Training/today_footprint

Above: I prefer to have my training around sunrise: it multiplies the already good effects, stimulating results during the day to come.

Todays training was 'equal-as-usual' in distance and terrain. It was in the afternoon though, it had more wind, more blue sky, more tide; different training altogether, best suited for the day!

And dedicated to an excerpt, published today, from a (new) book by Mark Divine. His writings, courses and trainings are an inspiration to many people:

"Drive provides a lifelong source of energy if focused on a passionate and worthy end. But be wary, because drive can have a dark side, too. When you’re driven solely by “me” reasons and you confuse determination with stubbornness, you can easily lose sight of the “we” in your life, leaving your coworkers, family, or other teams wondering what happened to that nice man or woman they used to know. The type of drive that powers elite operators is a “me plus we” drive. It means you’re driven to grow and learn new things in a way that benefits yourself and your team, and that is balanced with the needs of the organisation."

Mark Divine: Excerpt from 'The Way of the Seal'.

More here: http://wayofthesealbook.com/ and here http://www.sealfit.com/blog/marks-blog-excerpt-way-seal/

Enjoy!

SAR_prologue

Above: FP SAR 30K-BL-training. Sar training: Peal it off, adjust the parts and reassemble.

SAR_act_3.3

Above: FP 30K SAR BLT. SAR [ act 3.3 ] : director. When you aim your camera at a subject, the results start to speak beyond words available at the time of the making! This is my experience both with motion-picture and still-photography. Related to SAR [ Strategic Alert Running ] , I find it helpful to use a camera to picture the result of a training. It shows aspects that you may need to become aware of, as part of working on improvement of technique and efficiency. I would call it Photo Generated Injury Analysis, or PGIA.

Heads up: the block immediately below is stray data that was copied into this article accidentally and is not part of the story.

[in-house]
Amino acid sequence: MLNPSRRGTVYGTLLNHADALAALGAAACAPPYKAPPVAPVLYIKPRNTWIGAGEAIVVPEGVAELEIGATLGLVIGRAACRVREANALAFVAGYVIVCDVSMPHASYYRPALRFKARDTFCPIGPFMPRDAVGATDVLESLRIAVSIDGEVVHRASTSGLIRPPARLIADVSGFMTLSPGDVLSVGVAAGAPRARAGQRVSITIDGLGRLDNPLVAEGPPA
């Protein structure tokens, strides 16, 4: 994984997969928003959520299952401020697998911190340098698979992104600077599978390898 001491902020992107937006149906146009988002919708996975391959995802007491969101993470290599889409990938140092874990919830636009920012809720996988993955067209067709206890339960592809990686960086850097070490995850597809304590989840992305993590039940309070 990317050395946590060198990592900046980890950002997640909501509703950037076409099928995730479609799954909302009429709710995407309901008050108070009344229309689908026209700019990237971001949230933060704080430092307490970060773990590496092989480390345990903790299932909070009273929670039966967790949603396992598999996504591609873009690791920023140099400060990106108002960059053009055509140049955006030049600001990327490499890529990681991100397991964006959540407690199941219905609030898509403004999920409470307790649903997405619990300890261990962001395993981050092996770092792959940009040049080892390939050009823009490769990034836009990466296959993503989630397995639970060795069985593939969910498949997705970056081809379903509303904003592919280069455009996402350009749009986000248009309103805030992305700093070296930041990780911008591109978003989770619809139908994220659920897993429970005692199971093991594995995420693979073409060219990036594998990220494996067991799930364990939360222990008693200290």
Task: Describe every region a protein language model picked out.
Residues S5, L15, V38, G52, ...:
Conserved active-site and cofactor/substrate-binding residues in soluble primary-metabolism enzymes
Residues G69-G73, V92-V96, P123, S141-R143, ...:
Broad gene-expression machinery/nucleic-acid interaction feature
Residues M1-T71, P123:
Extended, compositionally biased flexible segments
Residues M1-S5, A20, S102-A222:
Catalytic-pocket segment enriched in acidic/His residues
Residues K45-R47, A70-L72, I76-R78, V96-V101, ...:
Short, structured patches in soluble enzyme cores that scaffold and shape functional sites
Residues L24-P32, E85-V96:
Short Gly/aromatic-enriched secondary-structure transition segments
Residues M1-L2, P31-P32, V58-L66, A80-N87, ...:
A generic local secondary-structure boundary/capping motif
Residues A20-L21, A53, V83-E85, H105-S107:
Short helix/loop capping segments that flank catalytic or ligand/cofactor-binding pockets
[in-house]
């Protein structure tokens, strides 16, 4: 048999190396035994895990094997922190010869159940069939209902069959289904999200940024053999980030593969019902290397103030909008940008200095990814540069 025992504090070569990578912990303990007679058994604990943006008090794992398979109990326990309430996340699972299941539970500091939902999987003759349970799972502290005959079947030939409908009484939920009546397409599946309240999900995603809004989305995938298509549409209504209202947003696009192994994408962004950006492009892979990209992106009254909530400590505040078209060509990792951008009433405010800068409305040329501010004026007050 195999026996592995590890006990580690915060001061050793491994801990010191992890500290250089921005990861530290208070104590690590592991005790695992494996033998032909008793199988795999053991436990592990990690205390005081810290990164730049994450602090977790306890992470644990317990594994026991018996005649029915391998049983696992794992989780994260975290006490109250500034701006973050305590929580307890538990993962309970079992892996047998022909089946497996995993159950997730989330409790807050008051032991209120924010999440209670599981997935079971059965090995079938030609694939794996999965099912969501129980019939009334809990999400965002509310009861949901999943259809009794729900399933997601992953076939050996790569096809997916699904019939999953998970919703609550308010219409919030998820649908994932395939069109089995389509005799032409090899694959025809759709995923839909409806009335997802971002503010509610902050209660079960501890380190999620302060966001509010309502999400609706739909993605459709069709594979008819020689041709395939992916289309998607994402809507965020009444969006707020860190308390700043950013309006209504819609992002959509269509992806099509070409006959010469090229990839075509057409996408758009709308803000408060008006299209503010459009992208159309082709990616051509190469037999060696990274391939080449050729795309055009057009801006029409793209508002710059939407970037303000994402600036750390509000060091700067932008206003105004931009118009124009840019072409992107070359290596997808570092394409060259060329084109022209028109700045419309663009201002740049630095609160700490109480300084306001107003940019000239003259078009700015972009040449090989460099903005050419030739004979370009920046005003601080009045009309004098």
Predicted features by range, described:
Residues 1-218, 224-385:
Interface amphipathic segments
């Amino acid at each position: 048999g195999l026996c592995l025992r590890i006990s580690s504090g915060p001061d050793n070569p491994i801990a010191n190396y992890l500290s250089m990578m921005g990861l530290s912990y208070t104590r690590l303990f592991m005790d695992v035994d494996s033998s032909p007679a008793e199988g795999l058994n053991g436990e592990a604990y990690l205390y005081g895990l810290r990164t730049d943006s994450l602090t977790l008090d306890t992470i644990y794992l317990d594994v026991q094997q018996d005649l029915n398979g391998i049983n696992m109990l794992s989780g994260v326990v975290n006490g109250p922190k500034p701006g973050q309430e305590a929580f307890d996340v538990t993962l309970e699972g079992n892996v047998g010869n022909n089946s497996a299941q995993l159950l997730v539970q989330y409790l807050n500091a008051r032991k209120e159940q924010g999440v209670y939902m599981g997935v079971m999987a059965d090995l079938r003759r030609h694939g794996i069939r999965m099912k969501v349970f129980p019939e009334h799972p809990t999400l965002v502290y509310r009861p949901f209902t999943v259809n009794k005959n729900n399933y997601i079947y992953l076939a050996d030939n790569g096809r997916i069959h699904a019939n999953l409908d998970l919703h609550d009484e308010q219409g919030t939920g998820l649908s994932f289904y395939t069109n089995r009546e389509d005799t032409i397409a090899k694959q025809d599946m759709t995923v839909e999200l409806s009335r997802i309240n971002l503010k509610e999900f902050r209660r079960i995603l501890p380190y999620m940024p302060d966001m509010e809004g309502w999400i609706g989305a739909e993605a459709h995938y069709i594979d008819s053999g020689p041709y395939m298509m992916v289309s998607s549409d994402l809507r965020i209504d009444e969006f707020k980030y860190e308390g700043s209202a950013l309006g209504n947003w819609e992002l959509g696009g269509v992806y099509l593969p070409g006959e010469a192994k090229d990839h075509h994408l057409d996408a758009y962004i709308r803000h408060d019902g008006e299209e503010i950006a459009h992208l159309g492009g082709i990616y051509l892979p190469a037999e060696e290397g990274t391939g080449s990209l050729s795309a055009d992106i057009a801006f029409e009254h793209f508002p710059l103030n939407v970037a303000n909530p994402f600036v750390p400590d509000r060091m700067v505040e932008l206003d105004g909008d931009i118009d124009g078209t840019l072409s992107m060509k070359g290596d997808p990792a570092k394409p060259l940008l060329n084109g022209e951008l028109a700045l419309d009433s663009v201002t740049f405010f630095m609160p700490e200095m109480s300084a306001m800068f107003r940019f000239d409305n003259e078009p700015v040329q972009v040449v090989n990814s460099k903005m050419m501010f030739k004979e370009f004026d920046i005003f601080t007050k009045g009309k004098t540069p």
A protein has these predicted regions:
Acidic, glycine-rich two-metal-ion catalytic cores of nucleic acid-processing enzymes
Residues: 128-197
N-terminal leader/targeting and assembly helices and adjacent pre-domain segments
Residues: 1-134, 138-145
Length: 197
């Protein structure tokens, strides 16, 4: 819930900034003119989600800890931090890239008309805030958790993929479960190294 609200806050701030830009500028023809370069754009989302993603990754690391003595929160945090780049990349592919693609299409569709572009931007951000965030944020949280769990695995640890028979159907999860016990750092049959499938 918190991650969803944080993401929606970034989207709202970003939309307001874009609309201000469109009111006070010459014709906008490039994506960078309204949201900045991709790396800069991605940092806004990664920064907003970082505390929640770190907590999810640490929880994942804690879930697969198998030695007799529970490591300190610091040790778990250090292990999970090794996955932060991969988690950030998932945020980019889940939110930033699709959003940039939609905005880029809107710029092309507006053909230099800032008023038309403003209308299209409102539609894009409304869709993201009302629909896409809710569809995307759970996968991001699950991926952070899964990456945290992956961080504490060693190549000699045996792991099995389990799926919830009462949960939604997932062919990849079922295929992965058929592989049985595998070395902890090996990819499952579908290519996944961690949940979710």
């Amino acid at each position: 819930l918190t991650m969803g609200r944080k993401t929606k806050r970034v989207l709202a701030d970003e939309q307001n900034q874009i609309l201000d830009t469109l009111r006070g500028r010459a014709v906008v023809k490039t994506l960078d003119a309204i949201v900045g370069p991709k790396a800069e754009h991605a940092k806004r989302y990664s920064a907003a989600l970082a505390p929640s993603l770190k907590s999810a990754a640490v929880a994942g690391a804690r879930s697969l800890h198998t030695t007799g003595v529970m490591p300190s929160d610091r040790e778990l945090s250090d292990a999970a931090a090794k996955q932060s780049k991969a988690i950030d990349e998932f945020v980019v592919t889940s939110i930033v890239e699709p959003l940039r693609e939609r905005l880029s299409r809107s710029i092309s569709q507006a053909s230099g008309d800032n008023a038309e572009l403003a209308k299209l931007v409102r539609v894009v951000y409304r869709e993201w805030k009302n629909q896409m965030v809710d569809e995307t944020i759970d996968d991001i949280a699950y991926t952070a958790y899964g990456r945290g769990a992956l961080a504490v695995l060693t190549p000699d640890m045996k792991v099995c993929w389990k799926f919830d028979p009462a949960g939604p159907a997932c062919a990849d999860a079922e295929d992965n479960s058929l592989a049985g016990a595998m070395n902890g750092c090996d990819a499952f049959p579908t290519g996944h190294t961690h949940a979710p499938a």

SAR_6_along_the_way

Above: Footprint after 32K SAR BL training.

"The roaring of lions, the howling of wolves, the raging of the stormy sea, and the destructive sword, are portions of eternity too great for the eye of man."

William Blake as quoted by Joseph Campbell 'The hero with a thousand faces' ('The world navel', page 44)

"Photography is a luminous drawbridge trough which the story has to reach the audience and the audience has to acces the story, the DP and the director have to built it together with the same objectives. Cinema is synthesis: the rapid and ever increasing popularity of the cinema is due to the possibility of concentrating huge amounts of information in its images, and the immediacy of the process with which the eye transmits them to the brain.

The set of rules that technique [...] allows us are indispensable to express ourselves better, more thoroughly and rapidly with the available means. It would be almost impossible to do […] without a great technical training. Everything is to be measured in terms of balanced relationships to serve the story that is committed to us. The enjoyment of the cinematographic show will be the more complete, the less the technique disturbs the story.

To know one's limits is indispensable even to a director of photography -- it is an invaluable gift because the curiosity it generates stimulates one to invent and experiment."